Southampton (Old) Bowling Green
The Story of Southampton (Old) Bowling Green
The Southampton (Old) Bowling Green is the oldest bowling green in the world. It was old even when Sir Francis Drake, the inspiration of romance and adventure to the boys of many generations, is reputed to have played the famous game on Plymouth Hoe in July 1588, before he sailed to meet the Spanish Armada.
This Old Green was in existence when Edward I was on the throne. The first surviving
mention of this was in the year 1299. Records shows that bowls, an ancient game, was
played here even on this date.
The Green is situated in the oldest part of the ancient town, on a site which was originally a part of what was termed in mediaeval times the Saltmarsh. This comprised the land bounded on the South and East by the sea, on the North by Marsh Lane, and on the West by some gardens, which were known as “Three Fields", and belonged to the Warden of the Hospital. In the course of time this area of land was protected from the sea by a bank, but the repair of this was a constant source of feud. Moreover, there were many attempts at enclosures, and these led to frequent disputes until, finally, in 1503, when the authorities of God’s House laid claim to Saltmarsh and to several lands adjoining, the matter was referred to arbitration, and Saltmarsh was declared to be common land.
The Green itself has been cared for since 1187, when the lawns were laid as a close for the Warden of God’s House Hospital. The “Domus Dei" infirmary was founded in that year by Gervaise Le Riche, a wealthy Anglo-Norman Merchant. It is doubtful whether the game of bowls itself was played during the early years but it is thought that by 1220 a game using large wooden balls was occasionally played by Hospital officials and their guests. Documentary evidence confirms the close was regularly used as a Bowling Green in 1299 when a Master of the Close (Green)was appointed.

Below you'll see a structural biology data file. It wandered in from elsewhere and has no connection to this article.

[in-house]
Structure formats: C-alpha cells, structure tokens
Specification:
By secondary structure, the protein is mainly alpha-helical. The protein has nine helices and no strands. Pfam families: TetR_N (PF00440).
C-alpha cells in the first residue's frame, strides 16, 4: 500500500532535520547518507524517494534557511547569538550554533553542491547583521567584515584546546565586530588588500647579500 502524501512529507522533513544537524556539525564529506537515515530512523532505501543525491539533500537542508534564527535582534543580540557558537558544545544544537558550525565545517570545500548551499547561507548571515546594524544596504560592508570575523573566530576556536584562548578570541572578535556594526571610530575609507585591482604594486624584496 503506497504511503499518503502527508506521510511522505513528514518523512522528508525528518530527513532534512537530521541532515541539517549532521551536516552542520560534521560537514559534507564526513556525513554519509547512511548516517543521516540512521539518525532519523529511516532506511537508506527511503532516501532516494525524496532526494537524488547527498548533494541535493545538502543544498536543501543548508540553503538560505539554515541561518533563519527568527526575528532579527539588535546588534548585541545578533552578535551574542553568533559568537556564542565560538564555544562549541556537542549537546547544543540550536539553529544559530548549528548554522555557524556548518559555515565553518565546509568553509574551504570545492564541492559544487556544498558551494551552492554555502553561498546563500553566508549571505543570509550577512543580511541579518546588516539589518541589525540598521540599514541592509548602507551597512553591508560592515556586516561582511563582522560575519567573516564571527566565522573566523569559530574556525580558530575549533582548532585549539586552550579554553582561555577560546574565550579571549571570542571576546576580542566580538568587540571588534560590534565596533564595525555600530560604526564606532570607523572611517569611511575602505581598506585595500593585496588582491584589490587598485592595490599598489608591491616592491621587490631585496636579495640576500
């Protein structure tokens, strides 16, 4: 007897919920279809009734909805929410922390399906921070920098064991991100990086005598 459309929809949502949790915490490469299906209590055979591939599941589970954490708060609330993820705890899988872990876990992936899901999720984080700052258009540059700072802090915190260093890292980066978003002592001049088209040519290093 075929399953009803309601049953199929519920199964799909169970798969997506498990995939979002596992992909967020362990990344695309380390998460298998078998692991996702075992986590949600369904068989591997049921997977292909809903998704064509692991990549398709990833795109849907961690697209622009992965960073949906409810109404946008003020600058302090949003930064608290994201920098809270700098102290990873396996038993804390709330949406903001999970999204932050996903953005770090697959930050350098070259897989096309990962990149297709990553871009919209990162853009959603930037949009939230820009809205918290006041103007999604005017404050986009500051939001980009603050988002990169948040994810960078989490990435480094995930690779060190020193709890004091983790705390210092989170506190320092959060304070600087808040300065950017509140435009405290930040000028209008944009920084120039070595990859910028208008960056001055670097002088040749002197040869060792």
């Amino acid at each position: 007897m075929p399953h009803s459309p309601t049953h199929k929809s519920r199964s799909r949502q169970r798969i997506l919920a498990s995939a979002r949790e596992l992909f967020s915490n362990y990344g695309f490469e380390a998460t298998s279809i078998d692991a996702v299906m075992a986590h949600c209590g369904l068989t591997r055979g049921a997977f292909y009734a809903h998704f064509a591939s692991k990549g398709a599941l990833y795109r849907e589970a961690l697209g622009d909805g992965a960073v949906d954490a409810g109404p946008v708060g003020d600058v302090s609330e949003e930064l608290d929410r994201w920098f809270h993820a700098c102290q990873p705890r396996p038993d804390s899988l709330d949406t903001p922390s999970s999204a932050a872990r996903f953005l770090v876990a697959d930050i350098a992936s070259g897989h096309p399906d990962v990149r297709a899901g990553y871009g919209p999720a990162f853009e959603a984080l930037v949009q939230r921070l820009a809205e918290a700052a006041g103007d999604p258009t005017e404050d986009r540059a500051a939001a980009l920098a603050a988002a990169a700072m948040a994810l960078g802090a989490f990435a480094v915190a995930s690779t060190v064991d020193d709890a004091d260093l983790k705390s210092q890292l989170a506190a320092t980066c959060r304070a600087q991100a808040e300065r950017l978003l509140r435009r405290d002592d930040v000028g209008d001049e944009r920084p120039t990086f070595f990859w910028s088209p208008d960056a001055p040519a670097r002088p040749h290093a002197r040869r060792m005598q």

Edward II, 1343, granted custody of God’s House with all its possessions to the newly founded Queen’s College, Oxford in whose care it has been ever since.
In 1541, “Inferior people" were prohibited from playing of bowls at this time. The Act under which the townsman was brought to book was passed in 1541, and under it “no manner of Artificer or Craftsman of any Handicraft or occupation, Husbandman, Apprentice, Labourer, Servant at Husbandry, Journeyman or Servant of Artificer, Mariners, Fishermen, Watermen or any Servingman" were allowed to play bowls out of Christmas under the pain of 20 shillings to be forfeit for every time; and in Christmas to play at any of the said games (others were prohibited) in their Master’s Houses or in their Master’s Presence. It was also decreed that “no manner of person shall at any time play at any Bowl or Bowls in open places out of his Garden or Orchard upon the pain for every time so offending to forfeit 6/8d".
It was provided, however, that “every Nobleman and other having Manors, Lands, Tenements or other yearly profits for term of life in his own Right or in his Wife’s Right to the yearly value of a Hundred Pounds might play bowls without penalty within the Precinct of his or their Houses, Gardens or Orchards".
Magistrates were enjoined to visit places and alleys to ascertain whether forbidden games were secretly pursued, and to arrest and imprison players and keepers alike until they paid bail for their good behaviour. Mayors and other officials were required to search for all such places weekly, “or at the farthest at all times hereafter once every month", and there was a 40/- fine for every month of default. Truly, here is full and sound reason why the history of the “Old Green" was never fully recorded!
The bowling green, it should here be mentioned, was distressing for at least one person. It is recorded in 1550, in which year a townsman, the lessee of the King’s Orchard, was presented for Keeping ‘common playinge with bowles, tab ylles and other unlawfull games agaynst the Kings statute’.
The King’s Orchard, called in Elizabeth’s time the ‘Queen’s’, was close to this spot.
The act which prohibited “inferior people" from playing at bowls and other games had been passed in 1541, and such persons were constantly being fined for infringing the statute. The bowling green, was, in short, as described in 1637, and has continued to be, a ground “where many gentlemen, with the gentile merchants of this town, take their recreation".